Posted by: orcaweb | June 12, 2016

FAQ about the dolphins

It has been a while since our last blog post from the Pont-Aven. Don’t worry, we are alright and we haven’t forgotten about you! 🙂 The reason for this quiet moment is very simple. A couple of weeks ago our ferry went into dry dock and we had to stay on land, only dreaming about our sea adventures. But now, with the ship back in action, we are on board again eagerly looking for whales and dolphins and telling everyone around us how amazing these animals are.

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Mother and calf common dolphin

During our work on board we meet many fantastic people who are truly interested in cetaceans (the collective term for whales, dolphins and porpoises). Some of them know a lot about nature and conservation. For others, the world of animals is rather mysterious. However, all of them have one thing in common; they like to ask questions……a lot of questions. And it is good, because we love to answer them! 🙂 We also know that when it is very busy, not everyone has a chance to talk to us. This is why we have decided to answer the 10 most frequently asked questions here, on our blog.

  1. What is the best time of day for dolphin watching?

Our answer for this question is usually very simple: “When the sun is up!”. It is true that locally some groups of dolphins may follow specific patterns and appear in a certain place, always at the same time. But for us the situation is a little bit more complicated. Every week we travel almost 5000 km and cross several different seas, bays and channels. Sometimes we spot animals every few minutes, sometimes we do not see anything for a couple of hours. This is why it is difficult to recommend a specific time of a day. It is best to simply join us out on deck and try to spot something any time you can.

  1. When will the dolphins be here?

Every day in the morning we try send a text message to dolphins, to let them know, that we are coming. The problem is, that sometimes they have trouble with phone reception underwater and they do not get the message in time 😉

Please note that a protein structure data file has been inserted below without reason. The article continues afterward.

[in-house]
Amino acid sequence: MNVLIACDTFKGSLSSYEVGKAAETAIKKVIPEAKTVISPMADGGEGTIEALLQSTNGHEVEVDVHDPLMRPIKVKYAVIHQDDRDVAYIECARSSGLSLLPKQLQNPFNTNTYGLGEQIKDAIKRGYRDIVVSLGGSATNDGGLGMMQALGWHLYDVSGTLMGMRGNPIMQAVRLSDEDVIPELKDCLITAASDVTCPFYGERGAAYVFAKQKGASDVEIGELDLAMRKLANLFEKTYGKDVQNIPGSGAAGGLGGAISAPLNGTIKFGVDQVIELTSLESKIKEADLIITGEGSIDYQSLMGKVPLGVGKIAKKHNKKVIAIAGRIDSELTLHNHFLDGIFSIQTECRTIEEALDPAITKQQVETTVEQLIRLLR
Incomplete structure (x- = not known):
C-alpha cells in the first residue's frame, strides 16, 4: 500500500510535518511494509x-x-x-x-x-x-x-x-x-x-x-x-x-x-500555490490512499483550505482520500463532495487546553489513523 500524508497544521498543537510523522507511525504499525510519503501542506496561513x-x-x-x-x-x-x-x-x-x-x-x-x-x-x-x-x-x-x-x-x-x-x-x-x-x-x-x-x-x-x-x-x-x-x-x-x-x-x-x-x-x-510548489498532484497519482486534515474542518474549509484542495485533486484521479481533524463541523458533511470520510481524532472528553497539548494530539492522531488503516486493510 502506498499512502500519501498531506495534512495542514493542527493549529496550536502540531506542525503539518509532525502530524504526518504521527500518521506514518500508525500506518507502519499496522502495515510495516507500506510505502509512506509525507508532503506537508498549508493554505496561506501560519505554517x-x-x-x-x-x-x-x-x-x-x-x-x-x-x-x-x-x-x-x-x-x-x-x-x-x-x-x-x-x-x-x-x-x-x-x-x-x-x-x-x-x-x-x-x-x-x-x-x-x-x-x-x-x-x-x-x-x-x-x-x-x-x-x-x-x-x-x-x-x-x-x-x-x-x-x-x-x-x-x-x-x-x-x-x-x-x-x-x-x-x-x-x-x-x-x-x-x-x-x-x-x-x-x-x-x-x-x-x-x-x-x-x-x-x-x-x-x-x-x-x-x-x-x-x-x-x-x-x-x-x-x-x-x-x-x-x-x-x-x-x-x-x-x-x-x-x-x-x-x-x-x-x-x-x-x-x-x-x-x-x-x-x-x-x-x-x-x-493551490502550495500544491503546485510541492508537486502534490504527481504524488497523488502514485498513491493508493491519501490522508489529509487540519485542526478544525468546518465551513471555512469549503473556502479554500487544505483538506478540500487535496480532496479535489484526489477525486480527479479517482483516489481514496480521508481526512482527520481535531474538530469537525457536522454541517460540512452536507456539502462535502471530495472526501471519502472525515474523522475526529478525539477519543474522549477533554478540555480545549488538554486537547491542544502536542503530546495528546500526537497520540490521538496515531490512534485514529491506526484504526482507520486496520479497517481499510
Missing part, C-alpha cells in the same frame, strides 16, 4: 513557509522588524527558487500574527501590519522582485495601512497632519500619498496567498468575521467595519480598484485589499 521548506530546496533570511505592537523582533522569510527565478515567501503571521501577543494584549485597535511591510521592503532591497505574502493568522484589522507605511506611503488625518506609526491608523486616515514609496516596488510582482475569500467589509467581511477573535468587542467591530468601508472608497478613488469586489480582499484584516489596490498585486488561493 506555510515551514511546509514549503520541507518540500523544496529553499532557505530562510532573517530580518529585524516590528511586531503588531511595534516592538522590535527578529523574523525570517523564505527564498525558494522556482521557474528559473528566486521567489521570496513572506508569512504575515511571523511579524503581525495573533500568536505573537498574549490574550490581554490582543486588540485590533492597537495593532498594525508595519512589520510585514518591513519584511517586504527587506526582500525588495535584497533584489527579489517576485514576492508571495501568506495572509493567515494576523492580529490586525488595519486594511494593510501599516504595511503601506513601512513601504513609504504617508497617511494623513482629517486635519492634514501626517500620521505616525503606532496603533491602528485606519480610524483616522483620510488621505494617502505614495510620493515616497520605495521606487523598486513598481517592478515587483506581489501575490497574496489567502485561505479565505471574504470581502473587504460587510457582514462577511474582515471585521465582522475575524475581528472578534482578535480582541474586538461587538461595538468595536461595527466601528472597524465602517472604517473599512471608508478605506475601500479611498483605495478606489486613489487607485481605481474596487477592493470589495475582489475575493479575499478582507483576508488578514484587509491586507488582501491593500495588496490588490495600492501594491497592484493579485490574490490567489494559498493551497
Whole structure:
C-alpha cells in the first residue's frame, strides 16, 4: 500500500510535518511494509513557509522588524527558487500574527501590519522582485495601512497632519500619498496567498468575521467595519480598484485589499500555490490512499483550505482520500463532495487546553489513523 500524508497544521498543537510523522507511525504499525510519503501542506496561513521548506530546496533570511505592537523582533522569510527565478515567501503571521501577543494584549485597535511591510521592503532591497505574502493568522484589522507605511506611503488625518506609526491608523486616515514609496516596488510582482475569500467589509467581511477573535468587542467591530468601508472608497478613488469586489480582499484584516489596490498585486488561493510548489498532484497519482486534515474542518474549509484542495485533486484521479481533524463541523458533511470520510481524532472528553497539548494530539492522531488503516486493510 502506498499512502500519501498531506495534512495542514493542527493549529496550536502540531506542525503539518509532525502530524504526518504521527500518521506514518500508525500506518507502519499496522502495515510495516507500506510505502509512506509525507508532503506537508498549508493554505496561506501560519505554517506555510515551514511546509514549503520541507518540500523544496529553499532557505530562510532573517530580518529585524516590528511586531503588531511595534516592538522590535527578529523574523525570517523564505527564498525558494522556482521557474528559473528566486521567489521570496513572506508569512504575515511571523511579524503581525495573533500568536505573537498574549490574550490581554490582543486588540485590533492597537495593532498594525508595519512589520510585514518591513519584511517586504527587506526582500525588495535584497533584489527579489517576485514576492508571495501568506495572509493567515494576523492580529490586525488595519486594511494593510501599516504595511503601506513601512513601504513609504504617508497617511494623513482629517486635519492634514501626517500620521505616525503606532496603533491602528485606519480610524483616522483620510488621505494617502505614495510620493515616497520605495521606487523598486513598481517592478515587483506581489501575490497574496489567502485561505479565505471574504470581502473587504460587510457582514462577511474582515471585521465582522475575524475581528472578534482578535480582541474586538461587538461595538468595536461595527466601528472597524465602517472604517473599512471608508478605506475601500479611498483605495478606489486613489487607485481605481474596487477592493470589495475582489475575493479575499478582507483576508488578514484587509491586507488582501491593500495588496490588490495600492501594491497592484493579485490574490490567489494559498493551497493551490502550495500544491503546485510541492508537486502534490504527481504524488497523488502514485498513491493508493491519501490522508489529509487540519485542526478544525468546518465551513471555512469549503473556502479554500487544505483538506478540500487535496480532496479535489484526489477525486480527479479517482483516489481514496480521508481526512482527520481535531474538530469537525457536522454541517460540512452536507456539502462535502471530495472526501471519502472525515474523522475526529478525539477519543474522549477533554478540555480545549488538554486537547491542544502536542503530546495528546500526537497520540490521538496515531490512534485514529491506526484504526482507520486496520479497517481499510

And now more seriously. Dolphins and whales are wild animals. We do not feed them or attract them in any other way. They may show up any time or not at all. Some species are crepuscular, meaning they are active at dawn and dusk, others are nocturnal, meaning they are active at night and some are diurnal – active during the daytime. But whales and dolphins need to come to the surface to breathe throughout the day and night and we can only promise you, that we will do our best to find them.

  1. Should I bring anything special with me to watch dolphins?

We always recommend to take a lot of warm clothes, even in the summer time. Our ship travels at a speed of over 20 knots, so even on a hot day we may experience a chilly wind. It is like driving on a motorway with car windows open. So, even if the sun is shining, it is best to have a scarf, hat and gloves with you!

On the other hand, the sun can sometimes be tricky. Even when you feel cold, your nose may get burned easily! For this reason, always be equipped with sun cream and remember to use it frequently.

Besides that, if you have a camera or binoculars, do bring them – they may come in handy! However, if you do not have them, do not worry. Binoculars help us to see details, but as we often see animals very close to our ferry your eyes may be enough to have a fantastic sighting. And cameras… well, the best pictures are stored in our memories anyway.